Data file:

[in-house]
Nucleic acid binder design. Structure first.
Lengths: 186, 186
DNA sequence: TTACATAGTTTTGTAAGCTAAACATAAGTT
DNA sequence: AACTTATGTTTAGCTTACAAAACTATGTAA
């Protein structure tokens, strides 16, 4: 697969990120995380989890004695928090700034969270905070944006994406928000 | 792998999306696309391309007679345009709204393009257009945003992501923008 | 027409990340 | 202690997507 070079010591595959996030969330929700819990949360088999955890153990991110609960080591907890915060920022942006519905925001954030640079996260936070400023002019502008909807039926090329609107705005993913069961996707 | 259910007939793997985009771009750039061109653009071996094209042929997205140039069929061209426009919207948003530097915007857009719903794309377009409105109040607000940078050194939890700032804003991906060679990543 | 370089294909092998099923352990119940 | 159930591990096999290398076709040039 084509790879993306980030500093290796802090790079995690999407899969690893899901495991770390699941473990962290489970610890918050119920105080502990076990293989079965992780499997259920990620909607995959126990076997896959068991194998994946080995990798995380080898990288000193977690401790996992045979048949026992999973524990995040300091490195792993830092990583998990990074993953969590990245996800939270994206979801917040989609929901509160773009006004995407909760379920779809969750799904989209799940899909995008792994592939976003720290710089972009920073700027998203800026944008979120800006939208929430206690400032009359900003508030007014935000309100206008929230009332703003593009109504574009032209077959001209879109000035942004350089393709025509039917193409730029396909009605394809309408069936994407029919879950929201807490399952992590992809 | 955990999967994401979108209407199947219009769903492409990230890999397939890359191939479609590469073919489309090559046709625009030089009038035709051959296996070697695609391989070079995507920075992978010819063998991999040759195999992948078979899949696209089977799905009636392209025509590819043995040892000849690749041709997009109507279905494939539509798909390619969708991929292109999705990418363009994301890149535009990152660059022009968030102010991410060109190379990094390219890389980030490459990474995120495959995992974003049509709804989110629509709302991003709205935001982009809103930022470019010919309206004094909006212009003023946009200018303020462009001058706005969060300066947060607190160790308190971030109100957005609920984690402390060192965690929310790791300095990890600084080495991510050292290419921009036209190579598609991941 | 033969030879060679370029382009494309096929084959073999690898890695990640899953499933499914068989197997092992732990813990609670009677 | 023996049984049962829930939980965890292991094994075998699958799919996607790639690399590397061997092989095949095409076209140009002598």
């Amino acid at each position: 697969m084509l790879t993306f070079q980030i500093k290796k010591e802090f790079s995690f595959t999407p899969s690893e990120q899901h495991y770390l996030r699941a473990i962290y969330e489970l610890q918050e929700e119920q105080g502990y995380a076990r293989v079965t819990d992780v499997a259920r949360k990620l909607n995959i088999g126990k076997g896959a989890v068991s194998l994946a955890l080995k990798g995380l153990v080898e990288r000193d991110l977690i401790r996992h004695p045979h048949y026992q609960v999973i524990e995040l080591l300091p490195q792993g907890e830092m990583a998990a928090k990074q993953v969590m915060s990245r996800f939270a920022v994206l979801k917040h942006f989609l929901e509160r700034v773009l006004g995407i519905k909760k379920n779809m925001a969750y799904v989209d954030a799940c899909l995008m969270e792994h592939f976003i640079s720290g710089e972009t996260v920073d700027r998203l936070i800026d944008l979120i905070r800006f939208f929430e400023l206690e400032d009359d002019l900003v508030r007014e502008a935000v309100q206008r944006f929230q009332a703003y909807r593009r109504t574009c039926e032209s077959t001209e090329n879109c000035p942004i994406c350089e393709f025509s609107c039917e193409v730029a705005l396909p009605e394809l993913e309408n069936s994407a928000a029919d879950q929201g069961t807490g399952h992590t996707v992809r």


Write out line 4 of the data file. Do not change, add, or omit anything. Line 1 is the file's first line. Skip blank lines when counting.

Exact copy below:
DNA sequence: TTACATAGTTTTGTAAGCTAAACATAAGTT